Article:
For early interventionist Jennifer Harrington, studying at the Anita Zucker Center has provided nothing short of a ‘great opportunity’ to be immersed in the field of early childhood. When not working on the Institute of Education Sciences-funded Goal 3 Embedded Instruction for Early Learning or Early Steps Professional Development projects, you can often find her spending time with family. Recently, Harrington took some time out of her day to speak about her experiences with the Anita Zucker Center for Excellence in Early Childhood Studies, and to share her insights about the early childhood field.
Alexis Brown: Hi Jennifer, thank you so much for agreeing to speak with me today. Let’s start off the interview by discussing your background.
Jennifer Harrington: Sure! So, currently, I’m a second-year student in the Special Education doctoral program with a concentration in early childhood studies.
However, I’ve been working in the field since 2002 — in high school, I worked with young children with disabilities. Following that, I worked in special education classrooms and as a provider for Florida Early Steps (Part C program in Florida for infants and toddlers with or at risk for disabilities).
AB: What’s something about early childhood that most people don’t know?
JH: I would say, early childhood education and care is complex. For instance, early learning and development, family leadership and support, and child and family health are all equally important considerations. Also, positive interactions and experiences are critical for the development of young children.
AB: What’s the coolest thing about your work at the Anita Zucker Center?
JH: Oh well, that’s easy. The coolest thing is that I get to be a part of applied research and projects within our own community and state — both of which are really important to me. I enjoy working with faculty members as well as post-docs and other doctoral students on different projects — such as the Embedded Instruction, Goal Three project, and the Early Steps Professional Development project. Both of those have provided great experiences and learning opportunities. They also make an impact with preschool teachers, early intervention providers, and families within our state.
“I want to continue applied research and working within communities on projects that directly impact families and young children with disabilities. I would like to help young children with disabilities and their families receive services in a timely manner, and support parents in using evidence-based strategies that we know are effective.”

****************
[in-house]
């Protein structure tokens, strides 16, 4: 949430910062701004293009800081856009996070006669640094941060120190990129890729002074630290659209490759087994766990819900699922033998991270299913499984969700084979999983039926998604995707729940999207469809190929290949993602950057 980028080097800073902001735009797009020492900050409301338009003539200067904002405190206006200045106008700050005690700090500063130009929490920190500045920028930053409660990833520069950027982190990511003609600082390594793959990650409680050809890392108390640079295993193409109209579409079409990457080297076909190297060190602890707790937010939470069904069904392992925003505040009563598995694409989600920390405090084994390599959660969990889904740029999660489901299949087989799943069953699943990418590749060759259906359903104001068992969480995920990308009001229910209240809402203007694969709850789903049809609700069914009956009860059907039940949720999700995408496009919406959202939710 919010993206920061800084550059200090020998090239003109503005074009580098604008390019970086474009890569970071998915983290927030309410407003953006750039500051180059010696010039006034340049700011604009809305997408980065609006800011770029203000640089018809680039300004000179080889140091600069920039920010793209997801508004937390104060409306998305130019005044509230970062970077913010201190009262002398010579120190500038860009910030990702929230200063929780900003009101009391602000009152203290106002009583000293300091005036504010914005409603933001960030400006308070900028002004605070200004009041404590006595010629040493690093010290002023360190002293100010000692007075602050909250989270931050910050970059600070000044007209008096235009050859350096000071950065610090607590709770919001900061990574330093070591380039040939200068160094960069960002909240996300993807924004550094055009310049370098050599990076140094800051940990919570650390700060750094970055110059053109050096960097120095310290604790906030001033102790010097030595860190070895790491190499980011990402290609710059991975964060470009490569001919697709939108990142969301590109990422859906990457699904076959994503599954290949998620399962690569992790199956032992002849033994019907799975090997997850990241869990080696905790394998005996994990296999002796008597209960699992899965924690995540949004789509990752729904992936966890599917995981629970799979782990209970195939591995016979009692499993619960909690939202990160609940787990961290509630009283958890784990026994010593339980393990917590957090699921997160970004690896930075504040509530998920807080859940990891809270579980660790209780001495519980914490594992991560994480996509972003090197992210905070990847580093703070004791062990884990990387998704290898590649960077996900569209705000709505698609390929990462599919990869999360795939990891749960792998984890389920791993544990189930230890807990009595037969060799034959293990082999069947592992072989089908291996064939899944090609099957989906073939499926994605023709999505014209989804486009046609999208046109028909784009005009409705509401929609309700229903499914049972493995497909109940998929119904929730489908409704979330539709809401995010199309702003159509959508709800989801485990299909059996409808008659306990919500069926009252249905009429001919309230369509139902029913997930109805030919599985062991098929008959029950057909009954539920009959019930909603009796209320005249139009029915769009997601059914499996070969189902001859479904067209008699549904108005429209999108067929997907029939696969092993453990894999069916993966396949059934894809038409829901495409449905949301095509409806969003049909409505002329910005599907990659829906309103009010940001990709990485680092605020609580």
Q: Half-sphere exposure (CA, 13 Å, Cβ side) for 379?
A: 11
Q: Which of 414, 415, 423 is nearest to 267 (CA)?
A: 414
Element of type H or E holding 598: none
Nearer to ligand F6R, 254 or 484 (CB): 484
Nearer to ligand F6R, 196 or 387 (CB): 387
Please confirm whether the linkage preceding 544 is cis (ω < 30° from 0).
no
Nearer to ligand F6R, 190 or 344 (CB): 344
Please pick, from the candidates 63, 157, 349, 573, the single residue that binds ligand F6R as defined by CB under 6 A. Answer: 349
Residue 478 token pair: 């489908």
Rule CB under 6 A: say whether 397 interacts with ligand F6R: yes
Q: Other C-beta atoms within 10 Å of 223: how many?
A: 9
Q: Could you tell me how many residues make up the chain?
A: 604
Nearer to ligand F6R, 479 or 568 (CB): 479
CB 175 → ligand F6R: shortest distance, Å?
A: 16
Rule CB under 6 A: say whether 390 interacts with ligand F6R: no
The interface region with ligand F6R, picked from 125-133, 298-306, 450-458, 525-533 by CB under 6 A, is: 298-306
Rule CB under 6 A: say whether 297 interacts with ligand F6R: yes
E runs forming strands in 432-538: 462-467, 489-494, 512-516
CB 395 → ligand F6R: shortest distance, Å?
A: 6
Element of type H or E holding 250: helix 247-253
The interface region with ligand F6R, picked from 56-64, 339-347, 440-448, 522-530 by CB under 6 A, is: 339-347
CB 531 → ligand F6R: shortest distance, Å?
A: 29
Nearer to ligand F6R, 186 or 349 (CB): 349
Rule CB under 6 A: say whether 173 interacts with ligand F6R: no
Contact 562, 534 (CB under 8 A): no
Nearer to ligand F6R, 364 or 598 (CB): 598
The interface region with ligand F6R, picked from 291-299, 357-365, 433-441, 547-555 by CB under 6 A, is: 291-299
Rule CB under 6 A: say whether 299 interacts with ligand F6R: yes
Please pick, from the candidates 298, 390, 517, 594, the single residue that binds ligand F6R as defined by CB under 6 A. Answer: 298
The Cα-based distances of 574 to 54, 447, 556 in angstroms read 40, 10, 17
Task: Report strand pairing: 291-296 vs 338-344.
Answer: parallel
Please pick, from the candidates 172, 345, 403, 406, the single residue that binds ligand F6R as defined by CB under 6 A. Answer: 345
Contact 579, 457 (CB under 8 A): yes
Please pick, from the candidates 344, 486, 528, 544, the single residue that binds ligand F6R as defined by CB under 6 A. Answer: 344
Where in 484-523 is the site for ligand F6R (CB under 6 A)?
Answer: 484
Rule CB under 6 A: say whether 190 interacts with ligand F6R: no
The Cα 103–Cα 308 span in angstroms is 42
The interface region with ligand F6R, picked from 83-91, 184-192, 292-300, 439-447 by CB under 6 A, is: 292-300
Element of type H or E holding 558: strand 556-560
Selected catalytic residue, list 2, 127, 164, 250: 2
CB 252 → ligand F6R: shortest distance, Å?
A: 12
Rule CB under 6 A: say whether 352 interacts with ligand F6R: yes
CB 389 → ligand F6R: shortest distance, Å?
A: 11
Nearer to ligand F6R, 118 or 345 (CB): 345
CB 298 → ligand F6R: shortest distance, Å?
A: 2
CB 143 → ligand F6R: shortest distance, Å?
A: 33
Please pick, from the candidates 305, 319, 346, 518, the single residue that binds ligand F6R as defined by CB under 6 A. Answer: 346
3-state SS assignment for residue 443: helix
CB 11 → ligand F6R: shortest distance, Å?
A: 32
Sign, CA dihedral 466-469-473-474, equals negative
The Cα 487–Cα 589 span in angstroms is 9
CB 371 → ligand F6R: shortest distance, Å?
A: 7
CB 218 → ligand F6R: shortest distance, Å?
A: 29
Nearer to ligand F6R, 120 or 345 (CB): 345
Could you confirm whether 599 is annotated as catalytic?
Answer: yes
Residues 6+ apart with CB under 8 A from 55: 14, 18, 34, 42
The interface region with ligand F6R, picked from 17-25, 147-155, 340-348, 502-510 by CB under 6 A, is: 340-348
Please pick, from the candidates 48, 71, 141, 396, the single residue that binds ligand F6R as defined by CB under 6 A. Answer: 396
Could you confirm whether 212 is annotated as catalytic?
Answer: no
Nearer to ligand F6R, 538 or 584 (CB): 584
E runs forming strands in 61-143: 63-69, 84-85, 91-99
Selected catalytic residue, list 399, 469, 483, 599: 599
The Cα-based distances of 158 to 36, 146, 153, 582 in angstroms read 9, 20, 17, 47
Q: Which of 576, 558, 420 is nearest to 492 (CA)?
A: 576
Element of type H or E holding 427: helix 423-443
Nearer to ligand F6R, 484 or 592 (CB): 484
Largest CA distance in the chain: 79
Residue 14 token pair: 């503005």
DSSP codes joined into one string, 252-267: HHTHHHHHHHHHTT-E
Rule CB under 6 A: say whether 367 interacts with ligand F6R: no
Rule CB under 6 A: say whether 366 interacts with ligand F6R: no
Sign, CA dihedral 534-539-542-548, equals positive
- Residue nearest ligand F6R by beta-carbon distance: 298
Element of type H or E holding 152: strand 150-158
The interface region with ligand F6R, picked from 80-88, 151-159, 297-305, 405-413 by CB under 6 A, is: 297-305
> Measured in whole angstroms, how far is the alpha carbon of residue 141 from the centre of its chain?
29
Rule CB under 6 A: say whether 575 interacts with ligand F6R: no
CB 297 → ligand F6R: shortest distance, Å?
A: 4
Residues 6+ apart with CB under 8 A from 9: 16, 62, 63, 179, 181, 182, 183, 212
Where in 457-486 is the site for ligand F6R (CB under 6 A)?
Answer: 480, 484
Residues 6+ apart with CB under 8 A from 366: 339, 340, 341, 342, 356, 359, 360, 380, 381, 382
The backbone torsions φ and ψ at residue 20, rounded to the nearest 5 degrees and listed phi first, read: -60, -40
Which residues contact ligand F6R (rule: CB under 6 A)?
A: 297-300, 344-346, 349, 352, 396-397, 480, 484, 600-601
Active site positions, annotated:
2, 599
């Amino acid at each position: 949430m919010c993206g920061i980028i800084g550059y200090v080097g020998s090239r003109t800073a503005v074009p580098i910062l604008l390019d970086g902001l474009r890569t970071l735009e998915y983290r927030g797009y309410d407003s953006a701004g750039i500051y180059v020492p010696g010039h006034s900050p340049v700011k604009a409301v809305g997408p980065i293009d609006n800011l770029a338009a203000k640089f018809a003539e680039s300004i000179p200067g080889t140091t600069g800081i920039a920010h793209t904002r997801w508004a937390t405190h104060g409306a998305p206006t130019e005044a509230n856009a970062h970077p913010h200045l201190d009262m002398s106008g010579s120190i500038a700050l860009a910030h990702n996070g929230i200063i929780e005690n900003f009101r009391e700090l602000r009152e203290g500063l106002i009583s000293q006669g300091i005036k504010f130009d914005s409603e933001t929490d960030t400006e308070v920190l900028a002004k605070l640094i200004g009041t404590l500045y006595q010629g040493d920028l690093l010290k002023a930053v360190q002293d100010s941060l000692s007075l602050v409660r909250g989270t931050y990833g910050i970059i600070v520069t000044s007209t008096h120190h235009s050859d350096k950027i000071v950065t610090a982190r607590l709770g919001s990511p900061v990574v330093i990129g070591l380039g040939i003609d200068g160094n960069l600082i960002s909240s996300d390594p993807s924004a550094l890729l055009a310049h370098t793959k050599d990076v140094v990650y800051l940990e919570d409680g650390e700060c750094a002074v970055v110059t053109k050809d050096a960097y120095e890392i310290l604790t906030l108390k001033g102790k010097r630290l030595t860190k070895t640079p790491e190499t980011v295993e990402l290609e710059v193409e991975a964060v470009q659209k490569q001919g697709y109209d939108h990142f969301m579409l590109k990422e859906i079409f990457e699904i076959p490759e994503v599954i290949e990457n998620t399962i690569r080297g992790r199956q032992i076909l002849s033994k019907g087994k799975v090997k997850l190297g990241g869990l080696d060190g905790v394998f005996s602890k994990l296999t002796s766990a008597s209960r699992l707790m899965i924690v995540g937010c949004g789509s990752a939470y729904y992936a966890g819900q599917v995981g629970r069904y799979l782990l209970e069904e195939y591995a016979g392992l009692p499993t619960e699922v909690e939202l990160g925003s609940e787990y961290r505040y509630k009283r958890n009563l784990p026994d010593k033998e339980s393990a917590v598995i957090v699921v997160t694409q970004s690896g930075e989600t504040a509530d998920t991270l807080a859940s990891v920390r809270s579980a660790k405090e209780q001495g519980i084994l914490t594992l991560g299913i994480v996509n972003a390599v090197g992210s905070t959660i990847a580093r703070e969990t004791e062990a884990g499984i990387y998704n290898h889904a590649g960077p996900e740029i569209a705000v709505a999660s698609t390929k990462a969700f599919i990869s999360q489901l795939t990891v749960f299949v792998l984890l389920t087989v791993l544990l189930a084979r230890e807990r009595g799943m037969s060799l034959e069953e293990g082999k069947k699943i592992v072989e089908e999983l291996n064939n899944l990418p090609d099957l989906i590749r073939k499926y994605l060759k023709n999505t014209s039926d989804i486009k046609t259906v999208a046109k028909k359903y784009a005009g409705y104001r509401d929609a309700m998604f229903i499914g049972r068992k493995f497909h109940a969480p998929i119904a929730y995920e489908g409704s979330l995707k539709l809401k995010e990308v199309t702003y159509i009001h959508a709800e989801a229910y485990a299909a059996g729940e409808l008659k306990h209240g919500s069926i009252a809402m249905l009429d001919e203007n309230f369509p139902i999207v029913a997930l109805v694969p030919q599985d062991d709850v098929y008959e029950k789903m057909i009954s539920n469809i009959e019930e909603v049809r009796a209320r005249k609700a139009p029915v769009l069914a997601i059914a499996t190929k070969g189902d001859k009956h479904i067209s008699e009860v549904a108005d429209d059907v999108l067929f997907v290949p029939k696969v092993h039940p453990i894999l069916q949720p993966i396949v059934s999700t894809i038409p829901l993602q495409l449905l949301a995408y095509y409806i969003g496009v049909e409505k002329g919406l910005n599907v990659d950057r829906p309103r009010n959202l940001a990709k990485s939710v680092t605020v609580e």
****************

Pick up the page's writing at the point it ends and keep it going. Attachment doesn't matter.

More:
AB: Can you discuss a little about your role in various Center projects?
JH: As part of the Embedded Instruction project, I was a coach for Cohort 2 teachers. Using the Practice-Based Coaching framework initially developed at the Center, I supported preschool teachers to implement evidence-based practices with their students. Some of my other roles on the Embedded Instruction project include: Independent Variable data processing, score-checking different measures, and coding learning targets. As part of the Early Steps Professional Development project, I attend weekly UF and FSU conference calls, document weekly meeting notes, attend provider and lead implementation coach trainings, and data processing.
AB: What’s a way that your work has impacted your perspective on early childhood?
JH: My experiences gained through applied research and statewide projects continue to expand my perspective on early childhood education and care. Early childhood experiences greatly impact future outcomes. Supporting individuals who interact regularly with those children is critical. Through situated learning experiences, conferences, early childhood summits, and mentorship from faculty members, I continue to enhance my skills in organizational, leadership, and competency areas that promote solving practical problems families and teachers of young children with disabilities face in their homes, classrooms, and communities.
Also, I was fortunate enough to be invited to the Starting Ahead, Staying Ahead: Early Childhood National Summit last year, and that was another great opportunity where I was able to see leaders in our field converge and talk about important issues surrounding policy and early childhood.
AB: What’s a challenge that you’d like to tackle for the benefit of children and families?
JH: I want to continue applied research and working within communities on projects that directly impact families and young children with disabilities. I would like to help young children with disabilities and their families receive services in a timely manner, and support parents in using evidence-based strategies that we know are effective.
Story and portrait by: Alexis Brown